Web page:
Last month at Governor Fallin's STEM Conference — the first-ever Oklahoma-wide event of its type to focus on science, technology, engineering, and math (STEM) education in our state — the audience heard alarming statistics.
Although the job market is increasingly requiring STEM-educated students, only 25 percent of high school graduates pursue STEM studies; only 15 percent earn a STEM-focused degree. Of those, less than 10 percent enter into a STEM-related career.
In Oklahoma, although more than 50,000 students enroll in STEM subjects, just over 5,000 typically graduate in STEM-focused disciplines.
STEM coursework, whether it be at the college level or through a CareerTech program, is demanding and rigorous. Students have to come prepared. They can't simply decide to become scientists, computer programmers or engineers when they sign up for their first year and expect to make the grade.
One-quarter of students interested in STEM majors or careers are taking Advanced Placement (AP) courses in high school. That's where they begin to develop the problem-solving disciplines that are so in demand in business today.
But we can't wait until high school to engage our kids in science and technology. We must start much earlier to get and keep them excited and curious.
This job doesn't only fall to our educators and state curriculum. Parents have a big role to play.
We parents should be encouraging our daughters and sons toward STEM subjects and problem solving. We have to find ways to capture their interest and make it fun. We have to demand that our middle through high schools offer robust STEM classes — and we have to be willing to support the effort with our parenting and tax dollars.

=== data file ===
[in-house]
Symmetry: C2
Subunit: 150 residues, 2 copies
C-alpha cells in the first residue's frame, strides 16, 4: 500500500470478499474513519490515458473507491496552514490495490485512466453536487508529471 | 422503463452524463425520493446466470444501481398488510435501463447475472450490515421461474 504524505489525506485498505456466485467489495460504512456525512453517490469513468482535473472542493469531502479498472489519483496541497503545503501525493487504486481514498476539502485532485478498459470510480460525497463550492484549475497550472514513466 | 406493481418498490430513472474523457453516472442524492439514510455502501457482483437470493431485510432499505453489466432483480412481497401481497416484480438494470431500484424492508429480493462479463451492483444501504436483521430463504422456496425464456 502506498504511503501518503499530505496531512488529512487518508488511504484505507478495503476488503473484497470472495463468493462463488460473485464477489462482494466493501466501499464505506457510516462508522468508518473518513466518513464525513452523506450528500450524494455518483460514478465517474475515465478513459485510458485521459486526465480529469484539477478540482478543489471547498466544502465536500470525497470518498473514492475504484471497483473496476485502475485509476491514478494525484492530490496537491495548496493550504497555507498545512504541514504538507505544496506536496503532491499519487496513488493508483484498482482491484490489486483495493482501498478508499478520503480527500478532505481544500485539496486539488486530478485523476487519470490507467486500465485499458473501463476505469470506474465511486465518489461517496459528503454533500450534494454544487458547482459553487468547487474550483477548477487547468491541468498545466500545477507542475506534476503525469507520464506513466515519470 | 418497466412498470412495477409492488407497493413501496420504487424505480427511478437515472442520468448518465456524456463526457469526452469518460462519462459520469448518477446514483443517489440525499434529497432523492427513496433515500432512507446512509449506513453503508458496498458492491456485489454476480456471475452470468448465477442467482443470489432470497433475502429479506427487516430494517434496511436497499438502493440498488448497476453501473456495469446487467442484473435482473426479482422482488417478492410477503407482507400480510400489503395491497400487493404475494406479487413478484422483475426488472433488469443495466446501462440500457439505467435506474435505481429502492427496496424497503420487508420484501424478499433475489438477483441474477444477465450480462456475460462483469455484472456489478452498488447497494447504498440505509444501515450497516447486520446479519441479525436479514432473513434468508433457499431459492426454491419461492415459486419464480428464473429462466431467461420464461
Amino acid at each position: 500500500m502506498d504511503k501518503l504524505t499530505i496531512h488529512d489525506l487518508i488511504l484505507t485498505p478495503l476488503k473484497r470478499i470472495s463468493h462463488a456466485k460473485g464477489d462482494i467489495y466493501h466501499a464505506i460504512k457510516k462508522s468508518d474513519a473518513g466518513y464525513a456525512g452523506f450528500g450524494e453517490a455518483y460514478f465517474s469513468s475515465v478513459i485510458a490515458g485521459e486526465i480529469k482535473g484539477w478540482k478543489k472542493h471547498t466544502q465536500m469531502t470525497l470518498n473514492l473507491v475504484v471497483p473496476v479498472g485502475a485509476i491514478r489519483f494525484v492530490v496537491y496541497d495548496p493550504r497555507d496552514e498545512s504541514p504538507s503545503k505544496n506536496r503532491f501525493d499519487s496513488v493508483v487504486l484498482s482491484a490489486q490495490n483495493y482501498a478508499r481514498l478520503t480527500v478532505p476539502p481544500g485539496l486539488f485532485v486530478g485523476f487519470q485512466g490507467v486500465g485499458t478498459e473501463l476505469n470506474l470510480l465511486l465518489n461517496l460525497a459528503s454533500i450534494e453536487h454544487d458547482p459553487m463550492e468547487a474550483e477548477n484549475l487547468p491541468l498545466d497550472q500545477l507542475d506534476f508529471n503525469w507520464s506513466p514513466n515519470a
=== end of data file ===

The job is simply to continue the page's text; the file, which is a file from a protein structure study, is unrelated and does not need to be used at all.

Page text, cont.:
Why? Because we want our kids to get good jobs when they get out of school.
Nationally, the forecast demand for science and engineering occupations is projected to grow at more than double (20.6 percent) the rate of the overall U.S. labor force.
There are hundreds of open engineering jobs in oil and gas and other open technology jobs in Oklahoma. We should be teaching our kids geoscience in high school. They should be learning computer science. We ought to be offering them classes in JAVA and Magenta programming.
The message is straightforward. If we want our kids to be able to compete for the good jobs of the future (i2E's advanced technology clients average salary is $70,643 compared to the Oklahoma average of $37,246), we have to do our part as parents to get them interested and educated in technical disciplines and problem solving today.
Gov. Fallin's STEM Conference was a great first step. Now, the challenge is to keep the momentum rolling!
Scott Meacham is president and CEO of i2E Inc., a nonprofit corporation that mentors many of the state's technology-based startup companies. i2E receives state appropriations from the Oklahoma Center for the Advancement of Science and Technology. Contact Meacham at i2E_Comments@i2E.org.
DID YOU KNOW?
Since 2004, the expressed overall interest in STEM majors and careers among high school seniors has increased by more than 20 percent. However, high school seniors are about 10 percent less likely than freshman to indicate interest.